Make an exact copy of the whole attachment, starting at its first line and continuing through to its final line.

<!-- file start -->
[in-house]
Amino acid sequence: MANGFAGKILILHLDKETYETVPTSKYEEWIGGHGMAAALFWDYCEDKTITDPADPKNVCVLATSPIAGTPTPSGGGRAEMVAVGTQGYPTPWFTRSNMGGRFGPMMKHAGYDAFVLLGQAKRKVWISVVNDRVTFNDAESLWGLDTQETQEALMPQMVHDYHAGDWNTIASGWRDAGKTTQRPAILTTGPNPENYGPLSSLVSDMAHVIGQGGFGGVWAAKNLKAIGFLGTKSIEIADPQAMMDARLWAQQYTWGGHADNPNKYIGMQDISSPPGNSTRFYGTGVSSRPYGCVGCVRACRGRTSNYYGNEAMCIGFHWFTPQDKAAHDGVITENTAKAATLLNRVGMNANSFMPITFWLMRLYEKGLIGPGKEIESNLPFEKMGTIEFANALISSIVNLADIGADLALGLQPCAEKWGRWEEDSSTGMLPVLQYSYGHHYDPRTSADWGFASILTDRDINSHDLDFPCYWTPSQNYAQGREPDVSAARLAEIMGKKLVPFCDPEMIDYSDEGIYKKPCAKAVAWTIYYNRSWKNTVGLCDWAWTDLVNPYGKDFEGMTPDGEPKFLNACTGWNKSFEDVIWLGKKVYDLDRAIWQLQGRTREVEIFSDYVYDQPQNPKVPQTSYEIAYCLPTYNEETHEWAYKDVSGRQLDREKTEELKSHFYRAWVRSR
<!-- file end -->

[in-house]
Amino acid sequence: MANGFAGKILILHLDKETYETVPTSKYEEWIGGHGMAAALFWDYCEDKTITDPADPKNVCVLATSPIAGTPTPSGGGRAEMVAVGTQGYPTPWFTRSNMGGRFGPMMKHAGYDAFVLLGQAKRKVWISVVNDRVTFNDAESLWGLDTQETQEALMPQMVHDYHAGDWNTIASGWRDAGKTTQRPAILTTGPNPENYGPLSSLVSDMAHVIGQGGFGGVWAAKNLKAIGFLGTKSIEIADPQAMMDARLWAQQYTWGGHADNPNKYIGMQDISSPPGNSTRFYGTGVSSRPYGCVGCVRACRGRTSNYYGNEAMCIGFHWFTPQDKAAHDGVITENTAKAATLLNRVGMNANSFMPITFWLMRLYEKGLIGPGKEIESNLPFEKMGTIEFANALISSIVNLADIGADLALGLQPCAEKWGRWEEDSSTGMLPVLQYSYGHHYDPRTSADWGFASILTDRDINSHDLDFPCYWTPSQNYAQGREPDVSAARLAEIMGKKLVPFCDPEMIDYSDEGIYKKPCAKAVAWTIYYNRSWKNTVGLCDWAWTDLVNPYGKDFEGMTPDGEPKFLNACTGWNKSFEDVIWLGKKVYDLDRAIWQLQGRTREVEIFSDYVYDQPQNPKVPQTSYEIAYCLPTYNEETHEWAYKDVSGRQLDREKTEELKSHFYRAWVRSR